12. Mary G
    Mar 07, 2010 @ 09:49:36

    Exactly, Joanne – “Adding to that, you (the publisher) may believe that Amazon and Walmart etc. are your customers -‘ but they are not. It's me. It's the reader. All of us who buy books on a weekly, if not daily, basis. Make the books available and reasonably priced.”

    Which brings me to my pet peeve (in addition to agreeing with all the comments). Why trade size at $17 – $20 Canadian here? The mass market copy costs half of that. I don’t care about target markets & who reads what format. I am the market. If I have a fave author I don’t care who the publisher is. I will buy it.
    I do care that after spending that $18.00 you rerelease to mass market. I also hate when you print a series in MM & the last book is a hardcover because it’ll be on some best list & you’re hoping I won’t wait for the MM print. Waste of paper & money.

  13. CourtneyLee
    Mar 07, 2010 @ 10:06:23

    Embrace the idea of digital books.

    That’s it. Because even though publishers a putting out books in digital format, they haven’t shown any enthusiasm for this newfangled concept born of the information age. They’re so busy hanging on to the hardcover business model that they see digital books as a threat to it, not as a possibility of a new era in publishiing. They’re afraid, really, of change, of the new and fresh, and that’s a very bad thing when the people who keep them in business, authors and readers, are barreling headfirst into the possibilities presented by digital books.

    I think that everything will start falling into place as soon as the publishing industry stops seeing ebooks as a nuisance, a threat, and a mystery.

    Also, please please please organize some sort of analysis of the effectiveness of DRM using data from publishers who don’t use it like Samhain and Loose Id. They don’t DRM and they’re perfectly profitable AND have very loyal customers. If DRM actually worked, it would be different, but I doubt it does so it’s more trouble than it is worth.

  14. liz
    Mar 07, 2010 @ 10:11:19

    I would have to agree with everything said so far in making the books more reasonable price-wise, and to make them more available internationally. I live in France (of course its one of the rural areas^^), so I order over the internet, and I’ve noticed that whenever a new book is coming out, a lot of the time it comes out over here 2 or 3 months after it came out in the States (very annoying!)

  15. Jo Leigh
    Mar 07, 2010 @ 10:46:50

    I’m of the belief that publishers are standing too close, with fear as their guiding principle rather than stepping back and seeing opportunity. Use the digitalization, portability and availability to create an experience that is compelling, but doesn’t diminish the fundamental requirements and comforts of traditional reading. I don’t know what that would look like, which is good. It’s still to be created.

    Just as 3D is pulling new audiences into theaters because it’s making the ride more exciting and more experiential, the publishers would better serve the book buying public by approaching ebooks as if the possibilities are endless – because they are.

  16. Kalen Hughes
    Mar 07, 2010 @ 10:56:04

    Also, make the book available in all formats. I buy PDF or EPUB since I read on my computer at work and with my PRS505, but a lot of the new releases are only available in secure ereader.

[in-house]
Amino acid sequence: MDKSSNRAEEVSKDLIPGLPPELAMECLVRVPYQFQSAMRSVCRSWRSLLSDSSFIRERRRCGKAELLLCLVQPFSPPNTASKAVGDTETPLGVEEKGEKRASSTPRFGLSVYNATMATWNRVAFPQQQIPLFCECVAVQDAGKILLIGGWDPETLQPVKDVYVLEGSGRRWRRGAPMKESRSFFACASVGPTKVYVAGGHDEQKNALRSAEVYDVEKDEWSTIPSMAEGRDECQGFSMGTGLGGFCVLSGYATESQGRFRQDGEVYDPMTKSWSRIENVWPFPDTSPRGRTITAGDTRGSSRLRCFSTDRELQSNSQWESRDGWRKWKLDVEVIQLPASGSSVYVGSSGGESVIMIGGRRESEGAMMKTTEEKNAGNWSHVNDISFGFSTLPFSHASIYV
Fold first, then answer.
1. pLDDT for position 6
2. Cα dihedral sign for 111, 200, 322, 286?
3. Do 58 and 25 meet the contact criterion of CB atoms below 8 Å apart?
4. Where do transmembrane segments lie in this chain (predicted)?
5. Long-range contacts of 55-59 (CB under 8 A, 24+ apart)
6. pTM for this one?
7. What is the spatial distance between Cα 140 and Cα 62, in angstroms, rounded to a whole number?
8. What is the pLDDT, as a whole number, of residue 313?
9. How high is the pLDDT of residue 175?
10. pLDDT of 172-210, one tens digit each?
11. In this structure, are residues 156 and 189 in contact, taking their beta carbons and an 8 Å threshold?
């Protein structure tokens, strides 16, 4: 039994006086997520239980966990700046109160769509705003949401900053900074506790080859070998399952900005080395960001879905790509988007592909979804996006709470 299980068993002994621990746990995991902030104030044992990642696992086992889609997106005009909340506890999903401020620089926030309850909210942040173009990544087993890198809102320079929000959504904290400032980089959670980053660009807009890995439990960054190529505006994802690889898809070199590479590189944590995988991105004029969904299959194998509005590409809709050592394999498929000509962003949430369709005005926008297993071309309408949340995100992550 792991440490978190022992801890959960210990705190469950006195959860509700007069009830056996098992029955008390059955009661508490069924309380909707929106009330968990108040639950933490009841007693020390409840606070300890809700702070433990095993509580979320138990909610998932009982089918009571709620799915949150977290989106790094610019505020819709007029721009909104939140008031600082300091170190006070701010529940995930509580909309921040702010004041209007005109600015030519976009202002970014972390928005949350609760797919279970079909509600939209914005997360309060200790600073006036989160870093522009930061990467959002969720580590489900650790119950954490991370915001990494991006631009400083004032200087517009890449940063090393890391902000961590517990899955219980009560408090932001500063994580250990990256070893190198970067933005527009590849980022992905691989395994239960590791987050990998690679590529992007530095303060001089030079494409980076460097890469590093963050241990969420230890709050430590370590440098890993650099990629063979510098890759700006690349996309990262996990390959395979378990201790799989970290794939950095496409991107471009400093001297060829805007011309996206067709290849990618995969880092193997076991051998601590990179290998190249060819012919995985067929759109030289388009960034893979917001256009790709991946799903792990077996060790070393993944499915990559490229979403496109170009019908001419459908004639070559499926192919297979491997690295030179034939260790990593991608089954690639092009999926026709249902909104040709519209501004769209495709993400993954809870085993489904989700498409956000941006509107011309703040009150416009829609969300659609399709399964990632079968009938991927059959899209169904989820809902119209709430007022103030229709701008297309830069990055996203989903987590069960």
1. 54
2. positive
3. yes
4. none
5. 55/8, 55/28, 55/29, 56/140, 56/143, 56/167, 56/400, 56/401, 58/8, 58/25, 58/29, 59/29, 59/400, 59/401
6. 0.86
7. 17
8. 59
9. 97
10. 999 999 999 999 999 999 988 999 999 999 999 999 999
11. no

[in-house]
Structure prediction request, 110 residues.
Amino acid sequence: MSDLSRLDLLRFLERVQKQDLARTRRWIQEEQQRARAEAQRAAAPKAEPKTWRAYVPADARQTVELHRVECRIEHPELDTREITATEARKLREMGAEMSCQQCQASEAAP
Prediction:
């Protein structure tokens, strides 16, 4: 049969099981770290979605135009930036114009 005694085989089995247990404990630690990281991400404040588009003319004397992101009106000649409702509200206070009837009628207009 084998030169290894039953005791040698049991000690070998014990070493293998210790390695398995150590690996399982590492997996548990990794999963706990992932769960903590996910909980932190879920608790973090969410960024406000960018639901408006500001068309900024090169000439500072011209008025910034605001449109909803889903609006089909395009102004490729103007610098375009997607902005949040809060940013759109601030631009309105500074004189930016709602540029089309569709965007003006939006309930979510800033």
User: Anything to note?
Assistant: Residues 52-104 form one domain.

I would like to convey to publishers how many sales that are losing by not coming up with a single format that will work on any device. I'm not thrilled with DRM, but I could live with it if there was one format.

    The first is a publisher issue and I agree 100%! I was an early mobipocket adopter, and it irks me to no end when a book I want isn’t available in my chosen format. Which seems to be happening more and more, rather than less, as SHOULD be the case.

    The second issue however is a device and software issue. Publishers have no control over the fact that Amazon doesn’t want to let you buy books anywhere else for their device or that software producers such as Adobe will only license their software as an “exclusive” format, so the reader has to chose.

  17. jcp
    Mar 07, 2010 @ 11:16:36

    If you publish a new book in a long running series..make sure all the previous booka are in print and on the shelves.
    2. Promote your new and midlist authors.
    3. Harlequin have one free shipping day any size order per month (same date) on your web site.
    4. list any previous bookjs by an author in the book regardless of publisher in the new book.

  18. Stuart
    Mar 07, 2010 @ 11:21:35

    Well, I live in the UK so my pet peeve is geographic restrictions. Please let me give you money for your books! Is that such a big ask?!

    The easiest way – given that renegotiation of contracts is a bit of a pain, I guess – is to apply geographic rights on ebooks at point of sale, rather than point of purchase. That’s how it’s done with paperbacks, so why should ebooks be any different?

    Secondly – obviously – DRM. It doesn’t work, it eats in to the publisher’s (and author’s) profits, it reduces value to the customer (the reader, that is)… the only people who benefit from it, as far as I can see, are the retailers who can set up walled libraries, and the sellers of DRM software…

  19. Cara McKenna
    Mar 07, 2010 @ 11:48:13

    To some of the newer publishers, particularly e-book pubs, please value consistency and quality as much as you do quantity and efficiency. It’s frustrating as both a reader and an author to see editorial standards slipping across the board as production goes into overdrive…and I say that as part of the wave of new e-authors. While I’m thrilled that my work has found a place on the virtual shelves, I worry my “generation” of new writers isn’t being held to the possibly more rigid standard set by the old, print-only system.